kue(4)        Kawasaki LSI KL5KUSB101B USB Ethernet device
        mos(4)        MosChip MCS7730/7830/7832 10/100 USB Ethernet device
        smsc(4)       SMSC LAN95xx 10/100 USB Ethernet device
        udav(4)       Davicom DM9601 10/100 USB Ethernet device
        url(4)        Realtek RTL8150L 10/100 USB Ethernet device
        urndis(4)     USB Remote NDIS Ethernet device

   Wireless network interfaces
        athn(4)       Atheros IEEE 802.11a/b/g/n wireless network device
        atu(4)        Atmel AT76C50x IEEE 802.11b wireless network device
        otus(4)       Atheros USB IEEE 802.11a/b/g/n wireless network device
        rsu(4)        Realtek RTL8188SU/RTL8192SU USB IEEE 802.11b/g/n wire-
                      less network device
        rum(4)        Ralink Technology USB IEEE 802.11a/b/g wireless network
                      device
        run(4)        Ralink Technology USB IEEE 802.11a/b/g/n wireless net-
                      work device
        uath(4)       Atheros USB IEEE 802.11a/b/g wireless network device
        upgt(4)       Conexant/Intersil PrismGT SoftMAC USB IEEE 802.11b/g
                      wireless network device
        ural(4)       Ralink Technology USB IEEE 802.11b/g wireless network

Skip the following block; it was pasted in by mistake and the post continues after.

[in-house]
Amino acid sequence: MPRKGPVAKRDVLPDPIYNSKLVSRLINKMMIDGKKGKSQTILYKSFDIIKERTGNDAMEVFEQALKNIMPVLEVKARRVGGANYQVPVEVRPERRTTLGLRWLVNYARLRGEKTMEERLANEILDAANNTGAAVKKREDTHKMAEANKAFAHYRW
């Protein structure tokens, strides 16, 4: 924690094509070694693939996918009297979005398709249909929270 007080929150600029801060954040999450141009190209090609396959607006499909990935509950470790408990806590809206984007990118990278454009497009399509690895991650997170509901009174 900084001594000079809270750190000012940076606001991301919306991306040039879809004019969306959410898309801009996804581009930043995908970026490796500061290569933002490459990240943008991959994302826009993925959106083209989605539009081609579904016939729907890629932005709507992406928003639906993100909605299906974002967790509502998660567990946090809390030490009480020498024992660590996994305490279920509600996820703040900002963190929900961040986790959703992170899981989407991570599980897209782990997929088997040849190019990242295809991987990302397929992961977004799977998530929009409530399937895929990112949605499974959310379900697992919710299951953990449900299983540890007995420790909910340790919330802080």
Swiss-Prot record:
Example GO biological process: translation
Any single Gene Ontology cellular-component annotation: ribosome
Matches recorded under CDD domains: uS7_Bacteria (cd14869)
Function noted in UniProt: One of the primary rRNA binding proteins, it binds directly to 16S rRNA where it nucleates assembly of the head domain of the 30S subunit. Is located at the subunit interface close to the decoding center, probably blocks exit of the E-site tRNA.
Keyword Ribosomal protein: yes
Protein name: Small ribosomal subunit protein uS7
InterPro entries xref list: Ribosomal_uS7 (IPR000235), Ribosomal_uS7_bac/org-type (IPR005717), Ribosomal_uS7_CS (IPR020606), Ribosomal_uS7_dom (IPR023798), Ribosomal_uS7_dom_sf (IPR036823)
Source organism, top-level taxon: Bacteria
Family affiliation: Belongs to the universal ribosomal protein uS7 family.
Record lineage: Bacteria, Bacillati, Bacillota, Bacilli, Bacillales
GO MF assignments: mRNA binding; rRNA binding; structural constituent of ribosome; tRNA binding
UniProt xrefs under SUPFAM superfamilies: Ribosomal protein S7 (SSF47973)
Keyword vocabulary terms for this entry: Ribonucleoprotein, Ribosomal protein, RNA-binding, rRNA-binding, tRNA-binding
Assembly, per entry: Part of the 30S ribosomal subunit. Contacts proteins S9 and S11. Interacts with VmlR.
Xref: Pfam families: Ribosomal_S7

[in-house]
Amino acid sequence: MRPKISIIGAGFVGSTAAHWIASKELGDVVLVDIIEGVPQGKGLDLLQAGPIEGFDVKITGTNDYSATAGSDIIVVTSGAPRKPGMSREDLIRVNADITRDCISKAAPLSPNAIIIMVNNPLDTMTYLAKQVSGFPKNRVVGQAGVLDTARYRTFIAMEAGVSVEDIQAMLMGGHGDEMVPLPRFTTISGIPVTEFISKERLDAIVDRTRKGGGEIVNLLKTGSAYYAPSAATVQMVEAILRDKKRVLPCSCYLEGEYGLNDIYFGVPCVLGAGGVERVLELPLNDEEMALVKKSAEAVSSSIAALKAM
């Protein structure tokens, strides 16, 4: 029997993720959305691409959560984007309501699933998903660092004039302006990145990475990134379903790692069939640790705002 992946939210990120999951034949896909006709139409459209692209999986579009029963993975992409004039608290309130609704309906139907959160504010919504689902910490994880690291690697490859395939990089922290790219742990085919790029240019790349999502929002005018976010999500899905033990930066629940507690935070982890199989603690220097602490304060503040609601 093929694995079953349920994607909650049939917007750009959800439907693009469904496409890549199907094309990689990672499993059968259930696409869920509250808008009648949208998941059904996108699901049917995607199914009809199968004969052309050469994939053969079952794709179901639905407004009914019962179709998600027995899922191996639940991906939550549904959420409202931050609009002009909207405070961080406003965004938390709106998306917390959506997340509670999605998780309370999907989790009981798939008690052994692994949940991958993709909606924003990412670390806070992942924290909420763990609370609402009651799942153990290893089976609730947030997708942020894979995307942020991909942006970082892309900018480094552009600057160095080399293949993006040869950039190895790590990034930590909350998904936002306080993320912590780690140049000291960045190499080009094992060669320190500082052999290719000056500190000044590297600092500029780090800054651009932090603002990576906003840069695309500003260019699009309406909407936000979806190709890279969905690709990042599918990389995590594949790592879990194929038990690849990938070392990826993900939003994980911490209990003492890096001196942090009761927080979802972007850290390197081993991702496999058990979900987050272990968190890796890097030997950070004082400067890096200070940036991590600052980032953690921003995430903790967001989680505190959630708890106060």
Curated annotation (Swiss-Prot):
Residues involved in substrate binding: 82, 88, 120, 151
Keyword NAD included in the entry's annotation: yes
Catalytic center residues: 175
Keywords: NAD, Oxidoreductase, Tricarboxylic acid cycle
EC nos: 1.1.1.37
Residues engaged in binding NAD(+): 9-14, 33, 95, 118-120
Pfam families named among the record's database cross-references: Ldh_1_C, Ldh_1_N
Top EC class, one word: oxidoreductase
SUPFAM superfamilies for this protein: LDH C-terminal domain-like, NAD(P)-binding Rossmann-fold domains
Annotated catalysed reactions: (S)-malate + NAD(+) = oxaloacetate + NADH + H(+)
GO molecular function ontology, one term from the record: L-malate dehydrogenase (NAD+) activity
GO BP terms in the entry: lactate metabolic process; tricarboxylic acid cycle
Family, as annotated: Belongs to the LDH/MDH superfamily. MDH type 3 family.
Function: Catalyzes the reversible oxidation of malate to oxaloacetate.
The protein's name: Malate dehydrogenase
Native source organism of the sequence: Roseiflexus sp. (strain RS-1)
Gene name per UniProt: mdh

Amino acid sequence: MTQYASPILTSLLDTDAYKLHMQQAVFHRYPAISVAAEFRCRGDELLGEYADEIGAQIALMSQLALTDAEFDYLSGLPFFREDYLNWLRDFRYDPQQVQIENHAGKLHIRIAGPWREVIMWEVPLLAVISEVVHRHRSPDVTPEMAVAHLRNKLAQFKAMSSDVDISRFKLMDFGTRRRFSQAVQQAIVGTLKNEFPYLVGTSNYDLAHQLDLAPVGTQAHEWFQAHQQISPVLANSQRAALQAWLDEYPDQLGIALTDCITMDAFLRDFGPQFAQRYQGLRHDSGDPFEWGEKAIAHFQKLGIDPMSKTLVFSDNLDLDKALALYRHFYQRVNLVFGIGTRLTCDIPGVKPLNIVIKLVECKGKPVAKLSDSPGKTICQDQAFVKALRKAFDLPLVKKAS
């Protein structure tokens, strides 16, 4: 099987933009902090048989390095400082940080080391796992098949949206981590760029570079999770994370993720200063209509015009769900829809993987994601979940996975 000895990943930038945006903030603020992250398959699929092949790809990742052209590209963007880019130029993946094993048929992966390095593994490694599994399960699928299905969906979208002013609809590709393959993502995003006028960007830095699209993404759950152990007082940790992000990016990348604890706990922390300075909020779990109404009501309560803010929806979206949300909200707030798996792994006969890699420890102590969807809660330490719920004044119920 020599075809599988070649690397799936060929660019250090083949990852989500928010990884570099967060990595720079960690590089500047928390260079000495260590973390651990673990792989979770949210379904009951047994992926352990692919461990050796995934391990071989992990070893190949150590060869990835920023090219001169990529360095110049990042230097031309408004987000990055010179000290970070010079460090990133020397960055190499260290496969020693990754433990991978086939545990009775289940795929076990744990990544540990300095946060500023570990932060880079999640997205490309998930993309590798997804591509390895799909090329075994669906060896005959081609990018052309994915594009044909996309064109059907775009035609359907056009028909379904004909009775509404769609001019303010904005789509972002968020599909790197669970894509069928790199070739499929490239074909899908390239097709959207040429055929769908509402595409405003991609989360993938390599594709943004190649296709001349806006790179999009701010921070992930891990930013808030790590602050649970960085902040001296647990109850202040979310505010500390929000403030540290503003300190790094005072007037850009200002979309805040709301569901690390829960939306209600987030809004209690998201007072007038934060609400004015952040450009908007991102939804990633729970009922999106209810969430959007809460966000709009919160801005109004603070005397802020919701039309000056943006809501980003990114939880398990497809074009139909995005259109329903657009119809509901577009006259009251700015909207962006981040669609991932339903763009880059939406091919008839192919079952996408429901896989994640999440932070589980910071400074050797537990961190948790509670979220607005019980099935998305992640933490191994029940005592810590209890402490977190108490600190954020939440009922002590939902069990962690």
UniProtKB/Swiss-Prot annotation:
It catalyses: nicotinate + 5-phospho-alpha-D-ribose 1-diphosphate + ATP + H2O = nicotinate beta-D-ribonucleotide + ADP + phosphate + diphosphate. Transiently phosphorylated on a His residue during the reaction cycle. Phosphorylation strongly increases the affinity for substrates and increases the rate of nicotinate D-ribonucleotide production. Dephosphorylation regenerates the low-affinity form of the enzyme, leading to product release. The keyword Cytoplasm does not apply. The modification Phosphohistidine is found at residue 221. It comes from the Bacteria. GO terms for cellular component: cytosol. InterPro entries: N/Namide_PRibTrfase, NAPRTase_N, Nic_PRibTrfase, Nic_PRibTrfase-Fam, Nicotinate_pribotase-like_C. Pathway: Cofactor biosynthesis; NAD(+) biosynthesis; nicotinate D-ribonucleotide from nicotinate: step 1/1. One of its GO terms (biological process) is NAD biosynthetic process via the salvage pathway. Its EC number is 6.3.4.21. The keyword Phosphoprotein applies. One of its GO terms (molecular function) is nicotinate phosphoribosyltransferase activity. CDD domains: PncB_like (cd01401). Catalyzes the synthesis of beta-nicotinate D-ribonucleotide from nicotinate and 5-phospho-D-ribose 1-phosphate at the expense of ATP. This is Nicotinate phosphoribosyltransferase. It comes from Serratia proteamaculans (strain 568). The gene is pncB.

device
        urtw(4)       Realtek RTL8187L/RTL8187B USB IEEE 802.11b/g wireless
                      network device
        urtwn(4)      Realtek RTL8188CU/RTL8192CU USB IEEE 802.11b/g/n wire-
                      less network device
        wi(4)         Intersil PRISM 2-3 IEEE 802.11b wireless network device
        zyd(4)        ZyDAS ZD1211/ZD1211B USB IEEE 802.11b/g wireless network
                      device

   Serial and parallel interfaces
        moscom(4)     MosChip Semiconductor MCS7703 based USB serial adapter
        uark(4)       Arkmicro Technologies ARK3116 based USB serial adapter
        ubsa(4)       Belkin USB serial adapter
        uchcom(4)     WinChipHead CH341/340 based USB serial adapter
        ucom(4)       USB tty support
        ucycom(4)     Cypress microcontroller based USB serial adapter
        uftdi(4)      FTDI USB serial adapter
        uipaq(4)      iPAQ USB units
        ulpt(4)       USB printer support
        umcs(4)       MosChip Semiconductor based USB multiport serial adapter
        umct(4)       MCT USB-RS232 USB serial adapter
        umodem(4)     USB modem support
        umsm(4)       Qualcomm MSM modem device